Users of electronic equipment and communication and information technology systems must keep their equipment in operation even if lightning strikes could cause short-term voltage spikes on the power supply and data lines.

There are several reasons for this:

  • The electronic components used make these systems more susceptible to faults.
  • Costly service interruptions are not acceptable.
  • Data transmission networks extend over long distances and areas and are subject to more interference.

Lightning strike

Lightning strikes, the subject of research since the first investigations by Benjamin Franklin in 1749, have become a growing threat to our electronic-dependent society.

Origin of lightning

Lightning occurs between two oppositely charged zones in the atmosphere, typically between two thunderclouds or between a cloud and the ground. It can travel over several kilometres in successive jumps to the ground, with a guide flash first causing a highly ionised lightning channel. Only when this reaches the ground does the actual flash or main flash occur. Then a current of several tens of thousands of amperes flows through the ionised channel from the ground to the cloud or vice versa.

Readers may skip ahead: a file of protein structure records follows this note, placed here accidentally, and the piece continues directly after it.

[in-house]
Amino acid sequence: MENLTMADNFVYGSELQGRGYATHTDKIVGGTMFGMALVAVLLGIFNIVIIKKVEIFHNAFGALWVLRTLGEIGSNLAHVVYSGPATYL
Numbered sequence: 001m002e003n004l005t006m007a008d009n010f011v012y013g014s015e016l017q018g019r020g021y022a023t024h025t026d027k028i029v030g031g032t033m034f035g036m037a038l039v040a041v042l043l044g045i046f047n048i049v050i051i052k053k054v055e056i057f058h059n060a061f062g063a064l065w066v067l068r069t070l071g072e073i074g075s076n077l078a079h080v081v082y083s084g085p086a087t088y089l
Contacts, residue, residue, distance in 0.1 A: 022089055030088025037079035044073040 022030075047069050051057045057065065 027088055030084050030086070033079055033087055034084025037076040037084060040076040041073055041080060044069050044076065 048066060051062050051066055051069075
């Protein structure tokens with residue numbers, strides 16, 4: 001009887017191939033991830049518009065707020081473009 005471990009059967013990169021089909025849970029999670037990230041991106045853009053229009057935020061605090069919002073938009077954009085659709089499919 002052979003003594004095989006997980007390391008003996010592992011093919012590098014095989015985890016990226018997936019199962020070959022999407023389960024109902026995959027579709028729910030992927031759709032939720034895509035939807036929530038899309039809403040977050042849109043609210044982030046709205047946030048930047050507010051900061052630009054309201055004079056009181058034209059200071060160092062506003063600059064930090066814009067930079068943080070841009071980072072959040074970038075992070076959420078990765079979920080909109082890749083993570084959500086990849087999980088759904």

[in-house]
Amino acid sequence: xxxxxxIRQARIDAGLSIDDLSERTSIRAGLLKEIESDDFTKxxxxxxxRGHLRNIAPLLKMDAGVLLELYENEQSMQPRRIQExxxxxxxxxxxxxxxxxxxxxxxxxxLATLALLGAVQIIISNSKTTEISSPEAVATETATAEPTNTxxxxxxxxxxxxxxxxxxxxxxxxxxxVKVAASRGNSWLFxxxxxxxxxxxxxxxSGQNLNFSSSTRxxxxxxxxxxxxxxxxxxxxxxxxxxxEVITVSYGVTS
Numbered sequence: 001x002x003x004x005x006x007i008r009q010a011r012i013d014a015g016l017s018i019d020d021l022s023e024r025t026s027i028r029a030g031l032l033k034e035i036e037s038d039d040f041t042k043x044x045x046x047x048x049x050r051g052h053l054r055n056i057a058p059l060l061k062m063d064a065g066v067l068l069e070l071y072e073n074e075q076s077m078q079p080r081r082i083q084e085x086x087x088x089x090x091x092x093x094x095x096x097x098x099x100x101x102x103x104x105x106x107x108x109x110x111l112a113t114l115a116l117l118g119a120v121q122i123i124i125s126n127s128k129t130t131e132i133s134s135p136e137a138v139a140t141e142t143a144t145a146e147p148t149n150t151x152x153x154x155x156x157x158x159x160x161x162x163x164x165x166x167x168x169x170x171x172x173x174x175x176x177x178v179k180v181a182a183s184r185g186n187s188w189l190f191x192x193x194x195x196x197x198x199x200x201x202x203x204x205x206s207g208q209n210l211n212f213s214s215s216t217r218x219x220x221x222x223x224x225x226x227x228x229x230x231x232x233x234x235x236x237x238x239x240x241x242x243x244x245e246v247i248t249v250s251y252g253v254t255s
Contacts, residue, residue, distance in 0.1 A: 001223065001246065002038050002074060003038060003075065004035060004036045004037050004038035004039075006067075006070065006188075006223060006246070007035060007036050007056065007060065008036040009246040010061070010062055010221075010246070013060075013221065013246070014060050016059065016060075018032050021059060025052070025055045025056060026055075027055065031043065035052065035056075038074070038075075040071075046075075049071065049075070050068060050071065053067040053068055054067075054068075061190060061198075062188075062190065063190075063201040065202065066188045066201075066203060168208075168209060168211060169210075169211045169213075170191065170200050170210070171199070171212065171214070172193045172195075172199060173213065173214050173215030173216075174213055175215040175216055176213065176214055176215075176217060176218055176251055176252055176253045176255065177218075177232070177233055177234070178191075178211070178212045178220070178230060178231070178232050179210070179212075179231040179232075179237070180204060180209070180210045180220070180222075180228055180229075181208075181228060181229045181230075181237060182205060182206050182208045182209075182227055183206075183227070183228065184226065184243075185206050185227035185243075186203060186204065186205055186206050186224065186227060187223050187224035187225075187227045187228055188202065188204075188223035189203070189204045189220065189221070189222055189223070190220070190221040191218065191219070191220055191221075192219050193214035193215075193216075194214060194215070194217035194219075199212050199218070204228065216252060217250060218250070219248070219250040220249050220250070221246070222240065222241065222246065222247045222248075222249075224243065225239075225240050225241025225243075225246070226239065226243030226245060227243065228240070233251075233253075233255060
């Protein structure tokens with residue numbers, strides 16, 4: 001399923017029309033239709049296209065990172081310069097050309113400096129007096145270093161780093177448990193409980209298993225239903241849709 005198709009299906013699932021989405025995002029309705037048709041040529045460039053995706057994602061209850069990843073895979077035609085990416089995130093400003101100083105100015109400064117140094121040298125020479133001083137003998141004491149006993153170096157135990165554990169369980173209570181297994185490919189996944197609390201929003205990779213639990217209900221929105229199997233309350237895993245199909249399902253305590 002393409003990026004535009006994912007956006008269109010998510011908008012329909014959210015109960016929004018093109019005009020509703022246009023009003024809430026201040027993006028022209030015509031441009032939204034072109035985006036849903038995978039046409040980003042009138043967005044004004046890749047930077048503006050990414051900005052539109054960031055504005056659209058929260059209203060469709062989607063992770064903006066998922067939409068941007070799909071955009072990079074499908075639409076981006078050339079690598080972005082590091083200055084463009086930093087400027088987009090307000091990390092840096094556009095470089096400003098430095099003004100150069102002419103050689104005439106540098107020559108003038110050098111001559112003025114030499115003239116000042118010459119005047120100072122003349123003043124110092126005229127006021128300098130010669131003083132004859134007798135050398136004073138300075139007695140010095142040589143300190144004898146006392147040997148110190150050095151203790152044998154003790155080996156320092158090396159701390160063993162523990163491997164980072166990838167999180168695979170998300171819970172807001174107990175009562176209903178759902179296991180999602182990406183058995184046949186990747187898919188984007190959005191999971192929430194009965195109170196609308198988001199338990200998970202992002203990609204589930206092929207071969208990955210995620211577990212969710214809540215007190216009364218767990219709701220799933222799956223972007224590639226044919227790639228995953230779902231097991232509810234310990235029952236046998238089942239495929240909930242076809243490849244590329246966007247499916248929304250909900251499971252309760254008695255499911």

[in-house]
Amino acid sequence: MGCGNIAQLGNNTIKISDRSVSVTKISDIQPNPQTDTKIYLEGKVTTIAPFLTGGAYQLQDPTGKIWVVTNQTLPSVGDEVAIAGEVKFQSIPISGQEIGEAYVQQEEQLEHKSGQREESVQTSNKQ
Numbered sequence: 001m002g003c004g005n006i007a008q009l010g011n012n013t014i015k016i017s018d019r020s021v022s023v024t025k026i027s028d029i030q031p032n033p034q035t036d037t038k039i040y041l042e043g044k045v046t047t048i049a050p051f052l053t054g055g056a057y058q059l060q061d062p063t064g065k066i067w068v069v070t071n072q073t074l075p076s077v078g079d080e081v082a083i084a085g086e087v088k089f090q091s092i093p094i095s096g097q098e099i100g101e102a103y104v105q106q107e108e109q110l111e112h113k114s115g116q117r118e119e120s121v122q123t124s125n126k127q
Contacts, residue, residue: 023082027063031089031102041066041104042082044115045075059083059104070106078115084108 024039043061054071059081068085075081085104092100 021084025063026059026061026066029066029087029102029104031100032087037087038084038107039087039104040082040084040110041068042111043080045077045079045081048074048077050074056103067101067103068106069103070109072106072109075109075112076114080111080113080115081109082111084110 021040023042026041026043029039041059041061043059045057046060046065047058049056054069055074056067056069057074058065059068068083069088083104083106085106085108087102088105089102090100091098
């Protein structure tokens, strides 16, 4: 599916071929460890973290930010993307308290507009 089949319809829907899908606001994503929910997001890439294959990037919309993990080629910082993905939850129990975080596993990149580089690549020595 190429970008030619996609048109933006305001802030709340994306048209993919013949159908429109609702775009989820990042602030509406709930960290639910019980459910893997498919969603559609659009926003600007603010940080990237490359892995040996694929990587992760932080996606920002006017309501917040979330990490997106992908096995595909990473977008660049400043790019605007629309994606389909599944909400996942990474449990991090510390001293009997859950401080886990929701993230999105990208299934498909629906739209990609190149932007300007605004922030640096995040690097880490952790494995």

Direct effects

At the time of discharge, a pulse current flows with a peak value between 1,000 and 200,000 amperes and a rise time of a few microseconds. The direct effects lead to damage to structural installations through mechanical damage or even a fire. The best protection is still provided by classic lightning conductors or lightning protection systems, which are designed to "capture" the leakage current and feed it to a specific point.

Indirect effects

The direct effects of a lightning strike in structural installations affect their electrical and electronic systems in particular. High lightning currents lead to high potential rises and high voltage differences that can easily damage electrical equipment.

Lightning and transients